Thursday, November 19, 2009

Geoffrey & Kate: Not-Twins


It's not difficult to notice the twins phenomenon of this generation. In the four years of Shakespeare Club, there has only been one year without twins.

This year I had twins, Polly and Ethan, playing the twins in "Twelfth Night."

Now I have a story of not-twins acting like twins.

Geoffrey first came to my attention as a third-grader auditioning for the club. Geoffrey is a top-notch little actor who can also rip out the blues on his harmonica. I noticed his family when he played Horatio in "Hamlet." His mom, dad and a darling little girl dressed in a pink dress, with bows in her hair: This was Geoffrey's sister, Kate. The next year when Geoffrey played Romeo, the family again attended and Kate said, "Hello, Ms. Ryane," and asked if she could hand out programs.

"Of course," I responded. "Good idea and thank you so much."

I later found out those first two years of Geoffrey's success were due in no small part to Kate helping her brother with his lines...over and over and over.

When "Romeo and Juliet" ended and the club held their wrap party, I made sure Kate was included. I was already thinking ahead to the next year's casting and decided that Geoffrey would be perfect as Sir Toby Belch.

At the party, however, Kate told me the family was moving away.

I was heartsick at the idea of losing Geoffrey, but so it goes. I met privately with both children to say good-bye. I gave Geoffrey his journal and a copy of "Romeo and Juliet."

Then I sat in the sun with Kate.

"Kate, I'm curious. In the two years that you helped Geoffrey with his lines and helped The Shakespeare Club in other ways, why didn't you ever audition and join us?"

"Oh," she said shyly, "I just...well...I just didn't think I'd be good enough to get in...so, I didn't and now...." She looked sad. "Now it's too late and we're moving and everything."

I had a special red velvet journal for Kate as a going-away gift and handed it to her.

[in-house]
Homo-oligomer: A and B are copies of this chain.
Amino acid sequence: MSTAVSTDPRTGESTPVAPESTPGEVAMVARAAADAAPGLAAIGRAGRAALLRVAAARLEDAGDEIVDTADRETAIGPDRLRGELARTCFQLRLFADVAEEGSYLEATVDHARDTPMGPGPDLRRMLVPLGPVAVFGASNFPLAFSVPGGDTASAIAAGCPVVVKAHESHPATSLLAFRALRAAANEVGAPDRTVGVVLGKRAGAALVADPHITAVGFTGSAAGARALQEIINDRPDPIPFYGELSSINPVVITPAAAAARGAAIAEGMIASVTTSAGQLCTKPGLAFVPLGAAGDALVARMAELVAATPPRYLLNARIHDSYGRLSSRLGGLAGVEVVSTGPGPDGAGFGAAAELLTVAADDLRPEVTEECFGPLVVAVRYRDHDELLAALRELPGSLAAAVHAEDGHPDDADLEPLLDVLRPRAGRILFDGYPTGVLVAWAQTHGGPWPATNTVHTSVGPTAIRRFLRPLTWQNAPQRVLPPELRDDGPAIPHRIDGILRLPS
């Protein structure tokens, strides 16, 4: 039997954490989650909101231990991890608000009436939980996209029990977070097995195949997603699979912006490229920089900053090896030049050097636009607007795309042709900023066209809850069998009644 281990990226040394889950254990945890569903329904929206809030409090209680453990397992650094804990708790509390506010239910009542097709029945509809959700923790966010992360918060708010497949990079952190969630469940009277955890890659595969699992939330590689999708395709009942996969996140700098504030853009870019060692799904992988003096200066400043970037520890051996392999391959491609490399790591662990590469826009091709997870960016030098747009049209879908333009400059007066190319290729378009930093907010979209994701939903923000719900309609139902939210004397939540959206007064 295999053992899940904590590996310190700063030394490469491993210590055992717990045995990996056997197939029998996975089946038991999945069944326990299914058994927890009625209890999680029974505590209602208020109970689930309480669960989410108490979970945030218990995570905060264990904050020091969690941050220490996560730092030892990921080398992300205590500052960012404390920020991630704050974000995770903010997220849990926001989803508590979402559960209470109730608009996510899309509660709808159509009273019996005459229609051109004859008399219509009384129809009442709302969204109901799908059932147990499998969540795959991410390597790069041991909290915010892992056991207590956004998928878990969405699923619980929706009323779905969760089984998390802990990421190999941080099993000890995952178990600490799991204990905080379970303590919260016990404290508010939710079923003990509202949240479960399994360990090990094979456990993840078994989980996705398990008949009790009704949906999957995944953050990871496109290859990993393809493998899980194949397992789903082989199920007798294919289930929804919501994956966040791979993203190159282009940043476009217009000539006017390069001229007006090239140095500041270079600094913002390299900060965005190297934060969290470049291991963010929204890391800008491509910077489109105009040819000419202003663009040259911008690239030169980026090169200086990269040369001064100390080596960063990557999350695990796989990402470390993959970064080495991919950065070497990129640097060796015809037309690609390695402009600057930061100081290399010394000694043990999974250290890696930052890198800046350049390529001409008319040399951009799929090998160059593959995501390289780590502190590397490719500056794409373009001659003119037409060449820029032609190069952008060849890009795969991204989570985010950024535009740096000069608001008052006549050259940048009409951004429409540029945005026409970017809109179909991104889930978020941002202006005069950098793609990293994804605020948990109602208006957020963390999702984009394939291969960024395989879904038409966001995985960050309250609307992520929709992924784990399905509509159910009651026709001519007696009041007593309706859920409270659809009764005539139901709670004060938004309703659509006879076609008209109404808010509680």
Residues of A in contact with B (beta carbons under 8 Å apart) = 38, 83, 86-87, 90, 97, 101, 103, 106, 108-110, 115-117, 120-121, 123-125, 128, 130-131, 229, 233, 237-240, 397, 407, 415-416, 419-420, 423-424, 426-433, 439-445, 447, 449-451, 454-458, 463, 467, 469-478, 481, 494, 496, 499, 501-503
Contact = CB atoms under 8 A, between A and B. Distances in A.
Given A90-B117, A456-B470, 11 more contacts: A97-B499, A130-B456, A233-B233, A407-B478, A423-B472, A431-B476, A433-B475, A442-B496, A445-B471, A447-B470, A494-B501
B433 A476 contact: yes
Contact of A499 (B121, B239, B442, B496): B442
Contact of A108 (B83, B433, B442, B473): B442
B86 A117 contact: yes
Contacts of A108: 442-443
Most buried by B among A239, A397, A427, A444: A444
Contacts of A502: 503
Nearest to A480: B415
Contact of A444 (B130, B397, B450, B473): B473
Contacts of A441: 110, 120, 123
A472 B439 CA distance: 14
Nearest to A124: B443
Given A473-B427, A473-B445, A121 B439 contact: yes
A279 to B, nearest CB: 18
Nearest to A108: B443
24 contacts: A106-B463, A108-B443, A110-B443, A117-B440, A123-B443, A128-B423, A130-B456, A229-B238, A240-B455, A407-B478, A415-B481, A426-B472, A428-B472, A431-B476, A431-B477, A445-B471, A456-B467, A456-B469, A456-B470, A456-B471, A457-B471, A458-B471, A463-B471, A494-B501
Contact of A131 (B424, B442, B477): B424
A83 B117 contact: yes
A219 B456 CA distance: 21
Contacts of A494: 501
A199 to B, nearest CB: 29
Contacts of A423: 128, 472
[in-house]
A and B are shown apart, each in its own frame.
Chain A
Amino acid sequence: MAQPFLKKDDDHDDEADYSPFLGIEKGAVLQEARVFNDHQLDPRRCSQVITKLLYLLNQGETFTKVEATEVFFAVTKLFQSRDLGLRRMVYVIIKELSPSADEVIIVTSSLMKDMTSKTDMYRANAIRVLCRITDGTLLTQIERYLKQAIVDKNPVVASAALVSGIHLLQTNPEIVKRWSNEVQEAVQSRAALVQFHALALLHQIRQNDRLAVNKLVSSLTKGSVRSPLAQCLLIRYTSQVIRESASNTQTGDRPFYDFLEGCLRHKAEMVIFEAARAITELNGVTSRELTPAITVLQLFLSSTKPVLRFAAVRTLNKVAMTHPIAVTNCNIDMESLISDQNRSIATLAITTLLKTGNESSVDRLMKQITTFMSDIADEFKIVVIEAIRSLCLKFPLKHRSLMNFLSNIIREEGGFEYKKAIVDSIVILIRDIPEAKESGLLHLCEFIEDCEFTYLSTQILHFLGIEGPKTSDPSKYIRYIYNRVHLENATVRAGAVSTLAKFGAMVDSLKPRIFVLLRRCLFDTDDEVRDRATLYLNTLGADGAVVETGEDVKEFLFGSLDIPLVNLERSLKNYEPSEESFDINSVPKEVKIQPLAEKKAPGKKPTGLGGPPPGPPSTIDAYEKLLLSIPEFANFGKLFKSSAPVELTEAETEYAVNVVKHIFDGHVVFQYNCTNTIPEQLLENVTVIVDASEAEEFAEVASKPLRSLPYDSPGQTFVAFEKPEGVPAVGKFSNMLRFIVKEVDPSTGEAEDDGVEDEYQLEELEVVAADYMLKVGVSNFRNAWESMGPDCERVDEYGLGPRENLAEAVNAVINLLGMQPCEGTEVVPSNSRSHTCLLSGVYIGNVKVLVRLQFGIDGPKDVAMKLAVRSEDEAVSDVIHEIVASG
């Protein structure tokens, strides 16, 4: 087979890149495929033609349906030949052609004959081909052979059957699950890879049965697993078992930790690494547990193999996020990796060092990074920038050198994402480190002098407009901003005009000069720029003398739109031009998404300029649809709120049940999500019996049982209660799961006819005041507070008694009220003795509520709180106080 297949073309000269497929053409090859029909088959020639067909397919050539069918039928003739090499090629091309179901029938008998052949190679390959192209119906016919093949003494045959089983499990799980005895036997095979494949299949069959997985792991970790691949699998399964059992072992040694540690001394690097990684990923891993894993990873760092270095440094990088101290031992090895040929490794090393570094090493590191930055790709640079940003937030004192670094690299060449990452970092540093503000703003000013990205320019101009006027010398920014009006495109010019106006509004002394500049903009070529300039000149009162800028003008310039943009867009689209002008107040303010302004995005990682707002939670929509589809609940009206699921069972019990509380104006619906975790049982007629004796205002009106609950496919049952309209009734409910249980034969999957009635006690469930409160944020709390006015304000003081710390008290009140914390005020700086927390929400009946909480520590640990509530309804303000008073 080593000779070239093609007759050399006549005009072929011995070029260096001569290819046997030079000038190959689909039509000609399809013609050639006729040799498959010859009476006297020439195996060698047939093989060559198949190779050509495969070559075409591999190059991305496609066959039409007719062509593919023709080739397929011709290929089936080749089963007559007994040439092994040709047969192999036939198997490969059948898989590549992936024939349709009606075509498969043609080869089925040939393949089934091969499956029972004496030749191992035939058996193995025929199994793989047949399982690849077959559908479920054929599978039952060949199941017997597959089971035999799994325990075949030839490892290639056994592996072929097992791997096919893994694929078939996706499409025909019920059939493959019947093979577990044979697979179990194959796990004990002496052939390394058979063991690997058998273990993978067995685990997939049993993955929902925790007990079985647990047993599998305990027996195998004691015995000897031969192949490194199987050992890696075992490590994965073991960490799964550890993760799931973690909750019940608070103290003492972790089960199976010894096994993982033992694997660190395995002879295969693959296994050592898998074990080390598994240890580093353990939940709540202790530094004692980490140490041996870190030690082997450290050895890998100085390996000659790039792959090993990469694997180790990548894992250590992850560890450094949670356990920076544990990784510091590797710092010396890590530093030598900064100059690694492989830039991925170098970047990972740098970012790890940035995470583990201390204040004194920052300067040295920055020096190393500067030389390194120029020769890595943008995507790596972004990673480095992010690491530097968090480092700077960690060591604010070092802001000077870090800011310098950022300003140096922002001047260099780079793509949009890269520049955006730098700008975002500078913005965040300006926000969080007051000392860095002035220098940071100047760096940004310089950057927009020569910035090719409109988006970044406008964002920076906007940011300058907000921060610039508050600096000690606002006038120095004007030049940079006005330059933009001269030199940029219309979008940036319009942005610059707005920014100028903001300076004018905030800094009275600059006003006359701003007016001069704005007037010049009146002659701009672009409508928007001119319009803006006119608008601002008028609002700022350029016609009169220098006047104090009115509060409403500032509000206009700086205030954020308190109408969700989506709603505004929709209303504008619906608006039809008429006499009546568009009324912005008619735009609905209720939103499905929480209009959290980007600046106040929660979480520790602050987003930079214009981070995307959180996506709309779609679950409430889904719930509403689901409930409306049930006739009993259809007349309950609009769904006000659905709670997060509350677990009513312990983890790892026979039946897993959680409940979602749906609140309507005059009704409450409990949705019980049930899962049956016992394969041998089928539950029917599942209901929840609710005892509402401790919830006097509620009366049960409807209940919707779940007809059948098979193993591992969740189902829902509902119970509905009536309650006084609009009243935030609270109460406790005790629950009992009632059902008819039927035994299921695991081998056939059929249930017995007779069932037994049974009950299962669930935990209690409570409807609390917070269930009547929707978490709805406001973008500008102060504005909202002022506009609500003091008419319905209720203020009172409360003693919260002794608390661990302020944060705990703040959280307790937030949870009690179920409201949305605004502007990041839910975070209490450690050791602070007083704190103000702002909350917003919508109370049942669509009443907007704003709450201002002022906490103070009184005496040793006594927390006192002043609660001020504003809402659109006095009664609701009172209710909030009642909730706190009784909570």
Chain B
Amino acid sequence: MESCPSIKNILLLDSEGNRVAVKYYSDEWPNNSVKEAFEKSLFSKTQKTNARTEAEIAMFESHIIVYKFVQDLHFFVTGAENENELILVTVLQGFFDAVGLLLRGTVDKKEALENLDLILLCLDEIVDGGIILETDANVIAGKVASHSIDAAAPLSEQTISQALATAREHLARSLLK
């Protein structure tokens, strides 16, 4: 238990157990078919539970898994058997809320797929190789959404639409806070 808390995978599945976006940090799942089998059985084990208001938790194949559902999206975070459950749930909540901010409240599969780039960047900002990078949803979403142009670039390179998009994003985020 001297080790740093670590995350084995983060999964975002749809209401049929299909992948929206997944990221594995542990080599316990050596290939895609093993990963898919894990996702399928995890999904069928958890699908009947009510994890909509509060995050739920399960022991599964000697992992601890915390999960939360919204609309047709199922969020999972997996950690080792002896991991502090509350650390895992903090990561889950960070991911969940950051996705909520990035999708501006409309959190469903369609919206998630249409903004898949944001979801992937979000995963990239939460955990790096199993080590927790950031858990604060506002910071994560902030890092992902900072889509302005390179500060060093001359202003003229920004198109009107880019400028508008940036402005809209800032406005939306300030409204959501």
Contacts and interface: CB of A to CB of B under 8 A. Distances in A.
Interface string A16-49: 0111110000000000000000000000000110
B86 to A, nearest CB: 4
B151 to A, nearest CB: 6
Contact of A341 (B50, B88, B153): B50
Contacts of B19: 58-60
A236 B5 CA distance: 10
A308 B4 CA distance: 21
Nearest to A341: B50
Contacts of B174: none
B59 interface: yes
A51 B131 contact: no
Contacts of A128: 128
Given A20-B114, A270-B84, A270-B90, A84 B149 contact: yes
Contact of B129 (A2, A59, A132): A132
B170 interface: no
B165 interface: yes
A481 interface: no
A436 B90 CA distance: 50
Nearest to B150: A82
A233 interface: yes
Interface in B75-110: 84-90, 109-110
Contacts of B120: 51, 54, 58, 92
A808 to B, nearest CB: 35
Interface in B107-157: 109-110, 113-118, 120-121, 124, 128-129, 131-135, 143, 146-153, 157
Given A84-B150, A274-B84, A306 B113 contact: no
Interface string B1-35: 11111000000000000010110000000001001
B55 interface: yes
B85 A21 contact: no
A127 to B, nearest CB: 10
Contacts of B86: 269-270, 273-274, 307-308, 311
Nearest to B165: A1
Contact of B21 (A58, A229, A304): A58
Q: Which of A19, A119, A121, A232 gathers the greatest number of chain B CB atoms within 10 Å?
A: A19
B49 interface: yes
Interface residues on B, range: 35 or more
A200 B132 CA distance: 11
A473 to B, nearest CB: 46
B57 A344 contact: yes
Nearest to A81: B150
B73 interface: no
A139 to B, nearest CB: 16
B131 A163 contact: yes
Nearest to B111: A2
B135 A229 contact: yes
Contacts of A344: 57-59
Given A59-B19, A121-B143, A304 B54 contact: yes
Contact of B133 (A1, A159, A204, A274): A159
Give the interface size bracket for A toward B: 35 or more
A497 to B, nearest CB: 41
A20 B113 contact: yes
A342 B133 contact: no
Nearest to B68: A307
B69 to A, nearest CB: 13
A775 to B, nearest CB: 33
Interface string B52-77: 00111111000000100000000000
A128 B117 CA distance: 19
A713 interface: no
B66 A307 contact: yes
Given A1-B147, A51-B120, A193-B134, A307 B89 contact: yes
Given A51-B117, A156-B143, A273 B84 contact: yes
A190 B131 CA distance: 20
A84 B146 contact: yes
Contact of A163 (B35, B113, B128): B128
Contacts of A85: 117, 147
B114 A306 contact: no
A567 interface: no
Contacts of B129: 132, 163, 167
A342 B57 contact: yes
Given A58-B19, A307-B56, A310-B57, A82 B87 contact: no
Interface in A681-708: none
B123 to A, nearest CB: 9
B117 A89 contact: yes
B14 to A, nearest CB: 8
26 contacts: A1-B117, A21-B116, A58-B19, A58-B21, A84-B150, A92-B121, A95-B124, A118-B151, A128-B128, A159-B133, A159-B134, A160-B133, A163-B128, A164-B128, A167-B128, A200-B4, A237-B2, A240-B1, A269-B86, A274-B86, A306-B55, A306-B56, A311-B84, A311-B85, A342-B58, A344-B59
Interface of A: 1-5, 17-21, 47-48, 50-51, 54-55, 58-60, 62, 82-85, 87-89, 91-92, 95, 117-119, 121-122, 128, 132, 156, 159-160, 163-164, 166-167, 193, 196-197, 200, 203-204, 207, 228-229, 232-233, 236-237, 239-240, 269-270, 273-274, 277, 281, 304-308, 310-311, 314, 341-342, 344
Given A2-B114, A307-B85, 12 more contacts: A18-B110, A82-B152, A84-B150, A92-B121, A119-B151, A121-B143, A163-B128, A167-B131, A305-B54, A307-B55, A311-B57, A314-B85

"You know, Kate, I'm sorry too that you didn't audition, but you've learned something that many adults never, ever learn. You've learned to listen to your instincts and take a chance even if it's scary. Deep inside you is a place, Kate, where everything you need to know sits like your own private library. Listen to your heart and you'll always come out fine."

"Okay, Ms. Ryane," she whispered, and we hugged good-bye.

Geoffrey and Kate were in the same grade and helped and supported each other, but they weren't twins. I later found out their parents had held Kate back so that she would always be close to her brother. I'm uneasy at such an idea, but that's the most I'll comment on it.

November rolled around and it was time to set up auditions. I stepped onto the campus and heard two young voices shouting, "Ms. Ryane!"

They came running toward me, faces shining, out of breath and both ready to sign up. The house move didn't happen but another more profound move had.

"Ah, Kate...stepping up. Taking a chance?"

"Yeah!"

CHILDREN'S WRITES: A Journal Entry
My life in Illyria is just bumbin' MAN! All I get to eat in board is (obiesly) fish! & MAN! Don’t you get tired , if all you have to do is catch some fish & eat some fish & be a sailor & eat some fish. Oh! Did I mention I was tempted to eat chinese, but well…I guess fish souffle was already, my house is a small boat (that had everything inside like a house!) I hate my job!
—Kate, 5th grade


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